DOE evaluates wearable robotic devices to aid cleanup workforce

November 4, 2022, 7:09AMRadwaste Solutions
Nicholas Spivey, left, an SRNL mechanical engineer, and Kurt Gerdes, director of EM’s Office of Technology Development, use virtual reality simulation of an EM worksite during meetings held at the IHMC in Pensacola, Fla. (Photo: DOE)

For the first time since forming in 2020, more than 40 members of a Department of Energy team met in person to evaluate technologies, including exoskeletons and wearable robotic devices, that could be adapted to the cleanup mission of department’s Office of Environmental Management (EM), helping improve the safety and well-being of its workers.

The team from the DOE’s technology development and evaluation program, which works with sites across the EM complex to identify repetitive, physically demanding tasks that may be made easier using wearable devices, gathered at the Florida Institute for Human and Machine Cognition (IHMC) in Pensacola. The IHMC is among the organizations EM has funded to develop and test the wearable devices for EM’s workforce.

“Nothing we do is more important than protecting the health and safety of our workforce,” said Kurt Gerdes, director of the EM Office of Technology Development. “This program has the potential to create new approaches to addressing that key challenge.”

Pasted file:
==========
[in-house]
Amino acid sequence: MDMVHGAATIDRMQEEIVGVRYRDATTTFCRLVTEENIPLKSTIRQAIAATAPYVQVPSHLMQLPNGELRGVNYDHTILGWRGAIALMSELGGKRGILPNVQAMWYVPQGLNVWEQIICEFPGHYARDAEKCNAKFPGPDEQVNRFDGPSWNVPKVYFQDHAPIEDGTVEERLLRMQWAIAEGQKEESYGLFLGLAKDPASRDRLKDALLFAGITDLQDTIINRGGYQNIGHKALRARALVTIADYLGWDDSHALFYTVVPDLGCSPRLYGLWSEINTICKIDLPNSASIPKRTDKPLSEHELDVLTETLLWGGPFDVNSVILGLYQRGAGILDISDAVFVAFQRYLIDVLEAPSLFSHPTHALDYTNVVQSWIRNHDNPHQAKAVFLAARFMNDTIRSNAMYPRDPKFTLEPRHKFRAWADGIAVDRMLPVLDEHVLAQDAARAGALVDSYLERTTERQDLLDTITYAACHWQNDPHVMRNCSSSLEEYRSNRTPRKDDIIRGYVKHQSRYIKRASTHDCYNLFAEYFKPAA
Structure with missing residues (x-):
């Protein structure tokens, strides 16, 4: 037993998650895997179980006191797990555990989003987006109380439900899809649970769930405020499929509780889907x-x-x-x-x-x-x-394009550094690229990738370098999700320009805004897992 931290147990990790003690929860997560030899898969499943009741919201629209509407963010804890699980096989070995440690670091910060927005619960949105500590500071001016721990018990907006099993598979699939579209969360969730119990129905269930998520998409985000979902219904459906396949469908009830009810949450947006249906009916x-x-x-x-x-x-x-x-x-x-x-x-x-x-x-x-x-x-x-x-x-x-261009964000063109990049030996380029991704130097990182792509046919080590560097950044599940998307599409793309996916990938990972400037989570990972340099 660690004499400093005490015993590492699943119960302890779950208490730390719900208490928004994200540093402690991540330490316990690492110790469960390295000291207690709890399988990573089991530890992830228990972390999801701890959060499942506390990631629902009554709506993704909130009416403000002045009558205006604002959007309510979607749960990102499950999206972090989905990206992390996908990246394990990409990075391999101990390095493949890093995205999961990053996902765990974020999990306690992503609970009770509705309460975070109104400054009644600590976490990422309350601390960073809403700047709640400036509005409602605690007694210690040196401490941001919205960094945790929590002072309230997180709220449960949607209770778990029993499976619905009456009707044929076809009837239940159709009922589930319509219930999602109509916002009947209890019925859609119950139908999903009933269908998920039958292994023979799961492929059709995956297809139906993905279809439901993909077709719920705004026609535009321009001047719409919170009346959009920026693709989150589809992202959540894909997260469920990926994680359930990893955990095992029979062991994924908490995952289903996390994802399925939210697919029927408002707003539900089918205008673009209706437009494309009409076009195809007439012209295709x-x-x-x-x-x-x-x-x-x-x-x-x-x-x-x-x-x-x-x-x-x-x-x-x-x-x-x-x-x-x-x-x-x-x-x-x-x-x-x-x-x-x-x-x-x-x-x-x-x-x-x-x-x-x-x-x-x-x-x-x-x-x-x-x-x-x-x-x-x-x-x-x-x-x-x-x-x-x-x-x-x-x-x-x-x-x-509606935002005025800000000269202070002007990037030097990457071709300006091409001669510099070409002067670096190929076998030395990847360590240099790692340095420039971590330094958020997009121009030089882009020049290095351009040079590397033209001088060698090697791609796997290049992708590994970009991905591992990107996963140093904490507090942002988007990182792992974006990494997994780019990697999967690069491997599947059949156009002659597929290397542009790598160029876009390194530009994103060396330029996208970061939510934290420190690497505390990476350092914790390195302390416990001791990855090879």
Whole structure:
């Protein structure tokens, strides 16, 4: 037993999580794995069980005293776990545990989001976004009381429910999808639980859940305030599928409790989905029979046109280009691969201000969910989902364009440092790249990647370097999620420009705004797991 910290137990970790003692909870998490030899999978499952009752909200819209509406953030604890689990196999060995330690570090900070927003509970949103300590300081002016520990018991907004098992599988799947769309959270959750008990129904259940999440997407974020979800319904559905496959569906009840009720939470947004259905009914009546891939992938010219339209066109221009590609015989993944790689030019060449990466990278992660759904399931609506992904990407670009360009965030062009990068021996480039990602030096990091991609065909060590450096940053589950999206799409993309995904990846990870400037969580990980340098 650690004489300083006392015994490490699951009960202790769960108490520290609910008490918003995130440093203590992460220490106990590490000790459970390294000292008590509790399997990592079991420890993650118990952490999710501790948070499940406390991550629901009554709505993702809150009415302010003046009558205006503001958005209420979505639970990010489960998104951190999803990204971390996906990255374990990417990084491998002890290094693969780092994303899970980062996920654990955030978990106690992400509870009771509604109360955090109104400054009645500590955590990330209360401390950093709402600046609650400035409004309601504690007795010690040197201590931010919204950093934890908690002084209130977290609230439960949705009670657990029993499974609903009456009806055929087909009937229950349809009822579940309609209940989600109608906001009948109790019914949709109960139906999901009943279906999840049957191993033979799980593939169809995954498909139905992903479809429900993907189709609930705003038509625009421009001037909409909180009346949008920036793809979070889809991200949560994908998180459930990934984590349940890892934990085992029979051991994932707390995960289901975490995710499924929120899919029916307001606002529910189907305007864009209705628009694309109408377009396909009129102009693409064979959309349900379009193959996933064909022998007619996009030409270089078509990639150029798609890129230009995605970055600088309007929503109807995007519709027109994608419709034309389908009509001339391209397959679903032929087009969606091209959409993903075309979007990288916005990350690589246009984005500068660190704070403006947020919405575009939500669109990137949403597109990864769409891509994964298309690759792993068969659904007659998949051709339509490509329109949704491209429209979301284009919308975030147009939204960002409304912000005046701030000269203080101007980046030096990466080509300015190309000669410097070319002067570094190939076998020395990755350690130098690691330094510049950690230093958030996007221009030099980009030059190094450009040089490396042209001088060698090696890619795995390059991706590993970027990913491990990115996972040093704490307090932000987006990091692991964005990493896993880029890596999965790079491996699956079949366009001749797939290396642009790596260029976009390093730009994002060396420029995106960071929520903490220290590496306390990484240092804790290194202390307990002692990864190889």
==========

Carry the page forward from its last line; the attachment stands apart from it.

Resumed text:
Potential applications: The IHMC meetings included demonstrations of institute’s prototype exoskeleton for tank farm workers across the EM complex and a virtual reality simulation of an EM worksite.

Team members shared updates on their current research and development, including studies of the physical impact of wearable devices in EM tasks, pilot testing at multiple cleanup sites, and development of devices tailored to the unique needs of EM workers, including compatibility with personal protective equipment.

According to EM, the initial results of those studies are encouraging, and the department team is exploring several potential applications of the technology across the EM complex in the short term. To meet the broader needs of the cleanup complex, additional technology evaluation will continue.

Team players: Representatives from all the funded organizations that work on the technology development and evaluation program attended the IHMC meetings. They included Sandia National Laboratories, which leads the effort; EM’s Savannah River National Laboratory; Los Alamos National Laboratory; Georgia Institute of Technology; Florida International University; and IHMC. Gerdes and project manager Jean P. Pabón with the EM Office of Technology Development, and employees from the Hanford Site also attended the meetings.

EM said that the team intends to continue holding in-person meetings twice per year at locations of team members or EM sites as efforts move forward to provide workers with the best possible tools to be safe as they work to complete EM’s cleanup mission.

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